There was a previous workshop earlier this year that focused on fluid transport through subduction zones, and there will be a final workshop next year on modeling volcanic systems. The presentations and breakout session notes (where key questions related to fluid transport were posed to the attendees) for the fluid transport workshop are already online, and the white paper summary of the meeting is coming soon. The same materials will also be available for the megathrust modeling workshop, and eventually for the future volcanic systems modeling workshop. The idea of the MCS RCN to be as open and transparent as possible so that these discussions benefit the community at large. These workshops are meant to generate a consensus in the subduction zone science community as to what some of the primary areas of focus should be and to guide future NSF proposals to allow the develop of a community model.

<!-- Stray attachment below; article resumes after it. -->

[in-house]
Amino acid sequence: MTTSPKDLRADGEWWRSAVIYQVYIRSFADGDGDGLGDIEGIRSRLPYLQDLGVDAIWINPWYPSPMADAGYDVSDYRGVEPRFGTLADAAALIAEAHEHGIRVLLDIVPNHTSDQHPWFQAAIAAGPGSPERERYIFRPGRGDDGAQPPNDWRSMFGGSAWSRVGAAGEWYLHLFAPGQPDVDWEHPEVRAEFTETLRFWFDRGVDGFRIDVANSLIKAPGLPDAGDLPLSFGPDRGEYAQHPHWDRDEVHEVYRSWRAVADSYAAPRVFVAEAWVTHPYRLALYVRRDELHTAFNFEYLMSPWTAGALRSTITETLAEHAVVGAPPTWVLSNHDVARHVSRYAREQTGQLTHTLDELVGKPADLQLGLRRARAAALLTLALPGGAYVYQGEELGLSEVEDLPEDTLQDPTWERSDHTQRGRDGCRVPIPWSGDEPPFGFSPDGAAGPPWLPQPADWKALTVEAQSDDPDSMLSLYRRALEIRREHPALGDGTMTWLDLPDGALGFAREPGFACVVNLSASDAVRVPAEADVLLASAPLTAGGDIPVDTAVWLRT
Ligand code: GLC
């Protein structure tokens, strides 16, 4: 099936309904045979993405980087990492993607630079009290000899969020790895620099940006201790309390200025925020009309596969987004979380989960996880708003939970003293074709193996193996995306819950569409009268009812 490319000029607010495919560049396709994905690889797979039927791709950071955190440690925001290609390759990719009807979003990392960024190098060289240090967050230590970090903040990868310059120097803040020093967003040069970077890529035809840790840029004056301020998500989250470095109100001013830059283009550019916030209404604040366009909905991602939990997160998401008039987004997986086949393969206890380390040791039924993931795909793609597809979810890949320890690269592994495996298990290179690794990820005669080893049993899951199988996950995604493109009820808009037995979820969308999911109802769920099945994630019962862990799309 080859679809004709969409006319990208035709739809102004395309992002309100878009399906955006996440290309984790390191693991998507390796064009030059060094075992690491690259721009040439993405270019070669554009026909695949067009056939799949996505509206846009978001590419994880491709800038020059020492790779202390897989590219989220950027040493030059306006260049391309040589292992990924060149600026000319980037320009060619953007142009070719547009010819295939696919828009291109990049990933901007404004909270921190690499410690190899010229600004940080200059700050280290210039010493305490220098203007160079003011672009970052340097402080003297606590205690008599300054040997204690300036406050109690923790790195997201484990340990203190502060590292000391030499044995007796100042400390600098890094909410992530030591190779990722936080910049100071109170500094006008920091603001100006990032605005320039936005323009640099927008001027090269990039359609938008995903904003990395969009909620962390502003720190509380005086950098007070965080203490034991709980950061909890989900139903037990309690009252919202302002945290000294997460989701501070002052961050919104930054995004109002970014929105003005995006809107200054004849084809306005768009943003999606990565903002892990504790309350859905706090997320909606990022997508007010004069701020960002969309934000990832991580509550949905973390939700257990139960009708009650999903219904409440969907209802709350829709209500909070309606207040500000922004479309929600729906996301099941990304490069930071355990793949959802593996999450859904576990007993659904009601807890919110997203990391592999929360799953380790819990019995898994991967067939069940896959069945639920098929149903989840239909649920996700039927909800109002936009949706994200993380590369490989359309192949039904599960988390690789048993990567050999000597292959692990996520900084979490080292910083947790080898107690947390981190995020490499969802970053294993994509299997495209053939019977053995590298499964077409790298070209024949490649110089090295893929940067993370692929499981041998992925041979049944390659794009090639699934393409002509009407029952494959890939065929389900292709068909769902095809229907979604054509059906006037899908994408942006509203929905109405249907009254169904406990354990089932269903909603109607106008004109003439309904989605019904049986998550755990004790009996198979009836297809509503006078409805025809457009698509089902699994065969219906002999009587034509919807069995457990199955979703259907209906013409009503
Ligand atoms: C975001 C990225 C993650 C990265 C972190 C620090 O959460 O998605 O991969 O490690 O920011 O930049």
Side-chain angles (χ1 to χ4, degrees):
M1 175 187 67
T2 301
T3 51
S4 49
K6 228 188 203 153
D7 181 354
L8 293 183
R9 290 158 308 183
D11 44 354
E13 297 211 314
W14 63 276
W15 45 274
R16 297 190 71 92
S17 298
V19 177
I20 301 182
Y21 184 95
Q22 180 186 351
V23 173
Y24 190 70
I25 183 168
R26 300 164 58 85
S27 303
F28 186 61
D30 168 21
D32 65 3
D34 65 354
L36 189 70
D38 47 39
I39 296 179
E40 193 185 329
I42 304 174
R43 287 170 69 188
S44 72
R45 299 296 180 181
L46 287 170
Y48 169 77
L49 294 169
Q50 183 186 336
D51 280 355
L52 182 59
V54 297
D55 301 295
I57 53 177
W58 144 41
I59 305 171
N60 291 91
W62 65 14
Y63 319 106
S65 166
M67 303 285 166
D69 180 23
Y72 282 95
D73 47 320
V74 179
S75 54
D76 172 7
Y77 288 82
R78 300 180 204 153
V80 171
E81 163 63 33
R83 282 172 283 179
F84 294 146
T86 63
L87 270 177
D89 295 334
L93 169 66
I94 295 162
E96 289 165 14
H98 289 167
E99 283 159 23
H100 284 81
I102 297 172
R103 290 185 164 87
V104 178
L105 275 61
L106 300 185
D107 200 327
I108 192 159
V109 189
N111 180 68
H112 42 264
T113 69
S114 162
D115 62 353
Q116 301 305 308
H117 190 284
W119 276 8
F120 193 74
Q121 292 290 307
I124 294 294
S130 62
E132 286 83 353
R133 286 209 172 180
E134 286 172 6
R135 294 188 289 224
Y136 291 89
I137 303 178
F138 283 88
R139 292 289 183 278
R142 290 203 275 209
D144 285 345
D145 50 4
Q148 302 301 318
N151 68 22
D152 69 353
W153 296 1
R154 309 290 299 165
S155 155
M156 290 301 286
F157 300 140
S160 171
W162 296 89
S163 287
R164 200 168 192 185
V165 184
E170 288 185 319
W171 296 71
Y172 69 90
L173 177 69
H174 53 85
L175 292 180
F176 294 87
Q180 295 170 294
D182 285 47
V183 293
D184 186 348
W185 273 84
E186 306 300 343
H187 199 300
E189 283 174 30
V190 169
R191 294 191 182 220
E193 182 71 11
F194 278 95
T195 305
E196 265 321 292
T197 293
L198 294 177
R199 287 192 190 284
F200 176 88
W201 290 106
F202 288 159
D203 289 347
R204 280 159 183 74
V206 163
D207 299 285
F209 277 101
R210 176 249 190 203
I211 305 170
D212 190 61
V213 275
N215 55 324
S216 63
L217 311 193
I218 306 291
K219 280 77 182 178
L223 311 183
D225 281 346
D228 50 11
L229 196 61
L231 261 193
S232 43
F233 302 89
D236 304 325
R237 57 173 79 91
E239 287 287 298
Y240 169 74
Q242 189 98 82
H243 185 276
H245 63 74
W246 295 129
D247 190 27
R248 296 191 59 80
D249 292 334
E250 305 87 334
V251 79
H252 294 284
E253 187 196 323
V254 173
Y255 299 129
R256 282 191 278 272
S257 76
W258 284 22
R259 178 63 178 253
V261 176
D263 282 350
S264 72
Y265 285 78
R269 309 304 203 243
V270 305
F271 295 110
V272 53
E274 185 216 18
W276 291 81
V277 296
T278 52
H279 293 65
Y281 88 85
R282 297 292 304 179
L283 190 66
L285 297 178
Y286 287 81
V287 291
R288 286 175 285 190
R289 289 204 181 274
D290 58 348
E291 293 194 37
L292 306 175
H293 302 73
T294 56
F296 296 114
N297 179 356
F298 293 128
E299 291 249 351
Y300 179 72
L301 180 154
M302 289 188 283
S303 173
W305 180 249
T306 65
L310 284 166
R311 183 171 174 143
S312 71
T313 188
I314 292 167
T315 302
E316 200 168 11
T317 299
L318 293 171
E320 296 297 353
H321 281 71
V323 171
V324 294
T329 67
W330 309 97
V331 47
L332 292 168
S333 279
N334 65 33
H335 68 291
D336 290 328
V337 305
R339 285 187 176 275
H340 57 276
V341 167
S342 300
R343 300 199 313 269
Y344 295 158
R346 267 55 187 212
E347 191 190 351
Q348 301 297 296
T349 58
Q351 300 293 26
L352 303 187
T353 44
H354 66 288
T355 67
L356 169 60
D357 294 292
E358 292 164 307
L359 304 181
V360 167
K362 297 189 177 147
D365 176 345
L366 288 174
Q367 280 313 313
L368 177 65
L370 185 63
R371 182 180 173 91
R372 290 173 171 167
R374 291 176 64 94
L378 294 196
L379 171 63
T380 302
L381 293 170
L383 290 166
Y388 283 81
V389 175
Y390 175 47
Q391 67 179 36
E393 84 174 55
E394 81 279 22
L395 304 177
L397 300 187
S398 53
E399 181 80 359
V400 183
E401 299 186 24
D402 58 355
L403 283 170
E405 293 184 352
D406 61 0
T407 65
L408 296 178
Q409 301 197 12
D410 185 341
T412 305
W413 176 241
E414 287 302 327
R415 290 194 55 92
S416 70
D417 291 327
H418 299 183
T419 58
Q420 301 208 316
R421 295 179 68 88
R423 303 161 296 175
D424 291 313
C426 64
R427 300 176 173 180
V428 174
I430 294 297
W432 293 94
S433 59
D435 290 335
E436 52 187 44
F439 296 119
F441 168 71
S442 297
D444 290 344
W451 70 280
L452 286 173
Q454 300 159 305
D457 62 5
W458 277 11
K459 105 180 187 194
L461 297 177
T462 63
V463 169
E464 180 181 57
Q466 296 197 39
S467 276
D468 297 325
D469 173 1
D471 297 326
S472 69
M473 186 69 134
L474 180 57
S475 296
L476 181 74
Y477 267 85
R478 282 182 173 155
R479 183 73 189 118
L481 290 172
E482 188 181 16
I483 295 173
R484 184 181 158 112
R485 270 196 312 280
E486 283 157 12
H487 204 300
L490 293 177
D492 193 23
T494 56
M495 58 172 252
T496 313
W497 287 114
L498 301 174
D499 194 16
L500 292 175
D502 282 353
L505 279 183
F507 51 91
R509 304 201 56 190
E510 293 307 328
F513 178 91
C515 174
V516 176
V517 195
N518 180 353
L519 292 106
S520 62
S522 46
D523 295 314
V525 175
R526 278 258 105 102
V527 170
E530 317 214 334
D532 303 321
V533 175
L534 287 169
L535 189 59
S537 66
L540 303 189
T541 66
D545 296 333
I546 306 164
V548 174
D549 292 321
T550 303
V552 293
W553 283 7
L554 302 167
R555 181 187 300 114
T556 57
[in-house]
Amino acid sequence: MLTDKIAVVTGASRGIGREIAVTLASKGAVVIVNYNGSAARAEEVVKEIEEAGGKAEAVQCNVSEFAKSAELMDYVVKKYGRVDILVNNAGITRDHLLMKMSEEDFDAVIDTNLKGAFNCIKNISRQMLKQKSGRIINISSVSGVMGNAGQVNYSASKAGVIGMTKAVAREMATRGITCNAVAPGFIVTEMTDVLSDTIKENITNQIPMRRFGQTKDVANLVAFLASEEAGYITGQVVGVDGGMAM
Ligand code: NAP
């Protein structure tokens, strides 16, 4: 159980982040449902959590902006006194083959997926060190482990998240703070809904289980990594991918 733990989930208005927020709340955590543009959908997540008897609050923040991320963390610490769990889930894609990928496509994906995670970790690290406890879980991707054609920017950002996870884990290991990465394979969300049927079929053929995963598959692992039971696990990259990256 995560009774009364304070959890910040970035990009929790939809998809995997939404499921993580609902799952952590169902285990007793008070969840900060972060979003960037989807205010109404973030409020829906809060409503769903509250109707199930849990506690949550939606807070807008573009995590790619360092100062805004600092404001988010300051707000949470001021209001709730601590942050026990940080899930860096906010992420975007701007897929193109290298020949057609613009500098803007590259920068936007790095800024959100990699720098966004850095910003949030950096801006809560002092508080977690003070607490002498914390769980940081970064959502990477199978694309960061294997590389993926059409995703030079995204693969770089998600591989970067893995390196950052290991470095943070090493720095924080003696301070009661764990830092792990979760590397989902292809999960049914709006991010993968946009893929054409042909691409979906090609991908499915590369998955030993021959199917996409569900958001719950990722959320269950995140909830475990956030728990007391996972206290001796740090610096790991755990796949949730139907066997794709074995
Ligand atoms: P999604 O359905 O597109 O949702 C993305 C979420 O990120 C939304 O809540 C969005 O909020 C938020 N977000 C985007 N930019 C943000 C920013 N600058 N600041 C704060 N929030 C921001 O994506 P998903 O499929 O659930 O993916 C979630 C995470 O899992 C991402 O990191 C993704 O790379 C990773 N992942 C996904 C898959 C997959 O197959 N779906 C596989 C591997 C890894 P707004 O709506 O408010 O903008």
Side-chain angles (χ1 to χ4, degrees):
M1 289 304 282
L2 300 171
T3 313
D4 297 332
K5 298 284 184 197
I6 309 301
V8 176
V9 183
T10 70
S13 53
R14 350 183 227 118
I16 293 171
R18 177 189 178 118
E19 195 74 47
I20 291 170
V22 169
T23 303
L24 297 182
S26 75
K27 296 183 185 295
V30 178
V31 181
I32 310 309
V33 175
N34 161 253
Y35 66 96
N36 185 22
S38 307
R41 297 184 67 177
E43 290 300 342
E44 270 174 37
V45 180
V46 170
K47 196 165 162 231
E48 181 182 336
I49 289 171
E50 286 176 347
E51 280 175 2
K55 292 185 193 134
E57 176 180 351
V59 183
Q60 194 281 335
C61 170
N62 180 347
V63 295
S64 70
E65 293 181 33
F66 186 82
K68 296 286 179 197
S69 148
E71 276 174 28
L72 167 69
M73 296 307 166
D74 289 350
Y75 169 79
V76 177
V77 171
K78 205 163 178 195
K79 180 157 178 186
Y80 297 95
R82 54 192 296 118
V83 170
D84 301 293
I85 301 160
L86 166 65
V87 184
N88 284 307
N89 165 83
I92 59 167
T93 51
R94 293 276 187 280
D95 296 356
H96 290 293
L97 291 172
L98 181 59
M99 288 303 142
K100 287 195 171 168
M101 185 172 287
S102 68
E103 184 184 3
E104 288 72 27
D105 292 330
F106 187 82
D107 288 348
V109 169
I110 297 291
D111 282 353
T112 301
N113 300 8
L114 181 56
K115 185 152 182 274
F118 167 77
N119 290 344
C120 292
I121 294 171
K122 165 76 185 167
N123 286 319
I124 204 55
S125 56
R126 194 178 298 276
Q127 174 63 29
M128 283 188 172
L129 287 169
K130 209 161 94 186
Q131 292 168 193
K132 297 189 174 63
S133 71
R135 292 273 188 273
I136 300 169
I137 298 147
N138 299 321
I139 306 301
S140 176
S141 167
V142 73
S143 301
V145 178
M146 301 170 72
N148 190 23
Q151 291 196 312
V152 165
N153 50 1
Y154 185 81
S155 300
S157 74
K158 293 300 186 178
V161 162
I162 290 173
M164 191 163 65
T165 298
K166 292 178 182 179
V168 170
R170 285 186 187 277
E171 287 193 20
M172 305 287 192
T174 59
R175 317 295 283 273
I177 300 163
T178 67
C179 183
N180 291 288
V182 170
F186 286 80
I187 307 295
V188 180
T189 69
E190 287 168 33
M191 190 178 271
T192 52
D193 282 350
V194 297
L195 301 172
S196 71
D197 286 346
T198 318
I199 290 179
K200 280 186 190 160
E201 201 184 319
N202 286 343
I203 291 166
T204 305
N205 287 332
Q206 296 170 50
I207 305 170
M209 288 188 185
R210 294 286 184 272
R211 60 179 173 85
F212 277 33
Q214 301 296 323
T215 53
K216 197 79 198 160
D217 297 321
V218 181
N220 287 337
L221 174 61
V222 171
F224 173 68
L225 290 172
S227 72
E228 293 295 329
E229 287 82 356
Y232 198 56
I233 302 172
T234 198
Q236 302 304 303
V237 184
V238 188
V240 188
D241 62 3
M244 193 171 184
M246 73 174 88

I found the workshop to be very informative, and I met some great people that I look forward to being able to collaborate with in the future. The presentations and breakout discussions were fantastic, and I certainly feel motivated to pursue this field of science.

Thursday, September 26, 2019

New Website

I now have a new website. While has been a good site and the domain is great (one I share with my husband, Kurt Schwehr) it has gotten burdensome to update, and as you can tell hasn't been updated in nearly as long as this blog :)

iWeb made creating a website so easy, why oh why did Apple abandon it. I still managed to use it for years after it was abandoned, and was able to export the CSS into a project which I could then upload to